Making Sense of all the Adjectives

Susan Jung |

We are always focused on staying connected with you.  Click here to see a summary of how we make this happen. 

Making Sense of all the Adjectives

Words and Meanings

As many of you know, my PhD is in education and I was an adjunct professor for many years teaching a variety of subjects. Often, discussions centered around the meaning of words and the perceptions of those words by listeners. Fears and anxieties impact one’s understanding of the meaning of the word spoken and can elicit different emotional responses. Unfortunately, many dramatic words are used when describing markets and economies and that tends to lead to strong emotional reactions from investors. Strong emotional reactions tend to impact decision making.

The true meaning of a word is oftentimes determined by the time frame context. Here's an example. Suppose one night you are preoccupied and dinner is burned. It's an unfortunate occurrence and at that moment upsetting. A wasted meal, wasted money, pungent aroma, and some degree of remorse. At that moment, it's not a pleasant experience. The headline no doubt would read, “Dinner Tragically Burned Leading to Immediate and Urgent Hunger”. This is a correct headline for the moment.

Now, after several weeks, someone asks you about your burnt dinner experience. You respond that it was unfortunate and you learned your lesson but life goes on. You were able to locate a replacement dinner and the financial repercussions were minimal. Now, based on this longer time horizon, the headline reads, “Dinner Burned Several Weeks Ago; Lesson Learned”.

Notice the difference in emotional urgency. This is exactly what happens when one reads investment and economic stories. The perceived urgency of the headline provided is determined by a time-frame perspective. 

It certainly would be less interesting if all the news reported each day was what long-term trends were. Instead, we all clamor for the news of the day or hour or minute in this social media generation. Everything is now, everything is urgent.

Now is a Component of Longer Time Periods

In reality, current headlines are bits of information that become more meaningful when they are part of a larger collection of facts. Today's unemployment rate while dismal, is not what the unemployment rate was a year ago nor is what it will be six months or a year from now. GDP losses due to Coronavirus will certainly be significant but will not be impacted forever. Retail sales will bounce back so current sales shrinkage numbers will be perpetually dramatic.

Here's my point: you should not react or fall prey to urgent words that you read or hear. Put them in context and recognize that a more balanced, longer-term perspective is what is necessary to rationally make conclusions about investment conditions and economic fortunes. Do not ignore short term pronouncements but see them as part of a string of past and future announcements so that you have rational context.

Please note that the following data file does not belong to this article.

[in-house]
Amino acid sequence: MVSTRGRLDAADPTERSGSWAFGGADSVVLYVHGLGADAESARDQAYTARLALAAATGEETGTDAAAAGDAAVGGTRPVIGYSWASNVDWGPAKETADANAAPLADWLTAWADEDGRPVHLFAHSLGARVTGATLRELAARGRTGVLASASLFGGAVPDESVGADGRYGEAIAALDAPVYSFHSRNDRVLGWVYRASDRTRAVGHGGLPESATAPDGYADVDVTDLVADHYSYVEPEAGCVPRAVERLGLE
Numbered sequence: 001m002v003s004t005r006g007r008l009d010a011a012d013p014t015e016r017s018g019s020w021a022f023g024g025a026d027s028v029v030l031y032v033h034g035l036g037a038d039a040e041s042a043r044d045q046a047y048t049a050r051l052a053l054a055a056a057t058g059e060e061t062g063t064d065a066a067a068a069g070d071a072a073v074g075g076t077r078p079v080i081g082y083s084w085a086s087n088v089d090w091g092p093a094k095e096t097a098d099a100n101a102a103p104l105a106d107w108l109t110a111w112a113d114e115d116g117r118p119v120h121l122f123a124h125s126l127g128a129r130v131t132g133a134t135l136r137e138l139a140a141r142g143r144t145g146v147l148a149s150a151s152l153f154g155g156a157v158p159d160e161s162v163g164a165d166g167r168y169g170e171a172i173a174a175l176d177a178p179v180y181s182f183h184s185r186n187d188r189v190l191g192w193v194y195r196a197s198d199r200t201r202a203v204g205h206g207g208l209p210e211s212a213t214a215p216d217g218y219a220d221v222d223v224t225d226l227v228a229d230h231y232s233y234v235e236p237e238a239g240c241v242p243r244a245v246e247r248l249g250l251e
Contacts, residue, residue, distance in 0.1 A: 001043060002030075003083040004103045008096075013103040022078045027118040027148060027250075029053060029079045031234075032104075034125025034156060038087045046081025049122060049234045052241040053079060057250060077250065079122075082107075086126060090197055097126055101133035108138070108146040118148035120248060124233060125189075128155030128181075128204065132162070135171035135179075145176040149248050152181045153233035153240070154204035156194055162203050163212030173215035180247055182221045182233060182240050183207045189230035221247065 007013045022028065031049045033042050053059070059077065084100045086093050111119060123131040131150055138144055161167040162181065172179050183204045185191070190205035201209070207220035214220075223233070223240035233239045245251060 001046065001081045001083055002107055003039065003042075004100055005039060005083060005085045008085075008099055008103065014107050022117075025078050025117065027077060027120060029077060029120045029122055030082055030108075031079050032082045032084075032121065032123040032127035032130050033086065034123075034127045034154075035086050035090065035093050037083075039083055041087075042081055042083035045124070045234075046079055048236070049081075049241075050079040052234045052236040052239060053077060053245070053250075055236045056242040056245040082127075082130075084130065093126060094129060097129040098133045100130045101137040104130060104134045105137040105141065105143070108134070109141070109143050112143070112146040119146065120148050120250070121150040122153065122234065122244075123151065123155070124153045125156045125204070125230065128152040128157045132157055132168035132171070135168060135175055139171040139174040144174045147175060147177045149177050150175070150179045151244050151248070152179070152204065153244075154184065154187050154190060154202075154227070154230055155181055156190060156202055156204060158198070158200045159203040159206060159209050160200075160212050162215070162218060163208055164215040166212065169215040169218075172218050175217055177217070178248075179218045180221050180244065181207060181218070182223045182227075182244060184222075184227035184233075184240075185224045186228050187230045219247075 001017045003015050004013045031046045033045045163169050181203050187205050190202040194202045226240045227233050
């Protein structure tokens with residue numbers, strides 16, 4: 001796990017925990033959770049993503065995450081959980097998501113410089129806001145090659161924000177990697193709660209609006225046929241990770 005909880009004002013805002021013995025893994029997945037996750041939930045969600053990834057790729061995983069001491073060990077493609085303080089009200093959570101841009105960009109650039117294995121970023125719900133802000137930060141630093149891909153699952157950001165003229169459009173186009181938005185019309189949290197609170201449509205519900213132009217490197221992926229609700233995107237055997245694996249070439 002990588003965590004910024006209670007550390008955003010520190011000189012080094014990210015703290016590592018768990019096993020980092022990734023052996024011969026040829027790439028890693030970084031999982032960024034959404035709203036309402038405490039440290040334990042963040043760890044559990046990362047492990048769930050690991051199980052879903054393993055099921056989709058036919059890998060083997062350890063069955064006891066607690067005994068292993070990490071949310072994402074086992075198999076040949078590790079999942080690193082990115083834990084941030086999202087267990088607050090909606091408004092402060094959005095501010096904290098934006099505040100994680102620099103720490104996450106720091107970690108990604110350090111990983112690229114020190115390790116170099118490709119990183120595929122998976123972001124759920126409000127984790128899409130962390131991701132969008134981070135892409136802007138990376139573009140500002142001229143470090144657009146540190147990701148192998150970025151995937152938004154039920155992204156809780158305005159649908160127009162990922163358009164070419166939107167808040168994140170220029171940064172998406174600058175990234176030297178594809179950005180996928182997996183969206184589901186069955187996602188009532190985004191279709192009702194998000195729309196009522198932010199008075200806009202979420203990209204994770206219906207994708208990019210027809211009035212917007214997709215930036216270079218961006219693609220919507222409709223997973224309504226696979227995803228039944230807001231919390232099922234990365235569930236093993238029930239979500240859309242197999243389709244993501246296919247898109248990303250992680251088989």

Emotive Words

Here are a few favorite words I often read that lead investors and economy watchers to make rash long-term conclusions based on short term conditions. I'm sure you will be able to come up with some of your own.

Skyrocket                  Collapse                    Euphoria                   Plummet
Let's use the word skyrocket in an example. Suppose a stock trades at $50 per share on January 1. By April 1, the stock’s value has dropped by $40 because of bad news. The stock is now trading at $10 per share. On April 4, the stock goes up $5 to $15 per share. Here's the headline that you must decipher: ABC Skyrockets 50% on Hope the Company is Back on Track”.

Yes, the company stock did go up 50%. Yes, I suppose that could be deemed as a skyrocket phenomenon. However, if you bought the stock at $50 a share, you probably are not thinking the stock has now skyrocketed. Based on your time horizon as a $50 investor, you probably think the appropriate word is collapse, not skyrocket. 

Context Context Context

You see how it all depends on context and, in particular, a one-time perspective? This is why many are confused when they read or hear a news report because they simply do not understand the time context of the information provided. 

We do not ignore short-term bad news; you shouldn’t either. However, do not let short term news or headlines (or vocabulary) dictate your intermediate and long-term perspective. That's a mistake far too many investors make. This is why we focus so much on trying to keep a calm and rational perspective despite incredible circumstances. That’s our role as your advisor. And that’s why we are so focused on making sure time horizon is a part of the investment discussion as we develop portfolios for your long-term investment goals.

The opinions expressed herein are provided for informational purposes only and are not intended as investment advice. All investments involve risk, including loss of principal invested. Past performance does not guarantee future performance. Individual client accounts may vary. Although the information provided to you on this site is obtained or compiled from sources we believe to be reliable, Destination Wealth Management cannot and does not guarantee the accuracy, validity, timeliness or completeness of any information or data made available to you for any particular purpose. Any links to other websites are used at your own risk.